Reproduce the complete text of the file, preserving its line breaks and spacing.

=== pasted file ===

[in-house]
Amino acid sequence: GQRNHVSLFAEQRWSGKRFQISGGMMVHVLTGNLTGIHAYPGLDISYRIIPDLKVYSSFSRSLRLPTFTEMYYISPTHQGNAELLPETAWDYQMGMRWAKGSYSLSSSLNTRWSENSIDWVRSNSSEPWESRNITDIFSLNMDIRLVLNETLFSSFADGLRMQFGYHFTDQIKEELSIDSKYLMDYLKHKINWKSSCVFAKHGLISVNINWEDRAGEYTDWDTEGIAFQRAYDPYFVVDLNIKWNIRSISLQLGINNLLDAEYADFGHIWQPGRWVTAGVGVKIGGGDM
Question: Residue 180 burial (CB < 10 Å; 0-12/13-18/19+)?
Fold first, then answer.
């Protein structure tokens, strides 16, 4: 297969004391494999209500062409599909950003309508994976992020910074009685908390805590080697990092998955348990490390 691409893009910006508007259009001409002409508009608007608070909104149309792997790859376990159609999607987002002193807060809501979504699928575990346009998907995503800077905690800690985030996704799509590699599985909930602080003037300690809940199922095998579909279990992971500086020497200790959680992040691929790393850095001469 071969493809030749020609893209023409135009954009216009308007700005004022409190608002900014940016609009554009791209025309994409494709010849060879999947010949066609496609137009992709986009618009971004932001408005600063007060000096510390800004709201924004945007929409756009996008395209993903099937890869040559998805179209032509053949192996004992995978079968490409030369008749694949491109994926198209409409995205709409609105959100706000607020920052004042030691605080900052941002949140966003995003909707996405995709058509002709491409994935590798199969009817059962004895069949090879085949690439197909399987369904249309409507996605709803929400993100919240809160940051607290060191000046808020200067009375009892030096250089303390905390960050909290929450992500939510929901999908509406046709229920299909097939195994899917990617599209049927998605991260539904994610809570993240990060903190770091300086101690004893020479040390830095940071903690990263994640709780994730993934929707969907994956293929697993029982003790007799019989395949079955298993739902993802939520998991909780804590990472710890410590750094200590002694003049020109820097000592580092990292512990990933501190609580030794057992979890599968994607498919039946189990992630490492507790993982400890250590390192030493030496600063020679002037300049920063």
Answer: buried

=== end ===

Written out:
[in-house]
Amino acid sequence: GQRNHVSLFAEQRWSGKRFQISGGMMVHVLTGNLTGIHAYPGLDISYRIIPDLKVYSSFSRSLRLPTFTEMYYISPTHQGNAELLPETAWDYQMGMRWAKGSYSLSSSLNTRWSENSIDWVRSNSSEPWESRNITDIFSLNMDIRLVLNETLFSSFADGLRMQFGYHFTDQIKEELSIDSKYLMDYLKHKINWKSSCVFAKHGLISVNINWEDRAGEYTDWDTEGIAFQRAYDPYFVVDLNIKWNIRSISLQLGINNLLDAEYADFGHIWQPGRWVTAGVGVKIGGGDM
Question: Residue 180 burial (CB < 10 Å; 0-12/13-18/19+)?
Fold first, then answer.
């Protein structure tokens, strides 16, 4: 297969004391494999209500062409599909950003309508994976992020910074009685908390805590080697990092998955348990490390 691409893009910006508007259009001409002409508009608007608070909104149309792997790859376990159609999607987002002193807060809501979504699928575990346009998907995503800077905690800690985030996704799509590699599985909930602080003037300690809940199922095998579909279990992971500086020497200790959680992040691929790393850095001469 071969493809030749020609893209023409135009954009216009308007700005004022409190608002900014940016609009554009791209025309994409494709010849060879999947010949066609496609137009992709986009618009971004932001408005600063007060000096510390800004709201924004945007929409756009996008395209993903099937890869040559998805179209032509053949192996004992995978079968490409030369008749694949491109994926198209409409995205709409609105959100706000607020920052004042030691605080900052941002949140966003995003909707996405995709058509002709491409994935590798199969009817059962004895069949090879085949690439197909399987369904249309409507996605709803929400993100919240809160940051607290060191000046808020200067009375009892030096250089303390905390960050909290929450992500939510929901999908509406046709229920299909097939195994899917990617599209049927998605991260539904994610809570993240990060903190770091300086101690004893020479040390830095940071903690990263994640709780994730993934929707969907994956293929697993029982003790007799019989395949079955298993739902993802939520998991909780804590990472710890410590750094200590002694003049020109820097000592580092990292512990990933501190609580030794057992979890599968994607498919039946189990992630490492507790993982400890250590390192030493030496600063020679002037300049920063």
Answer: buried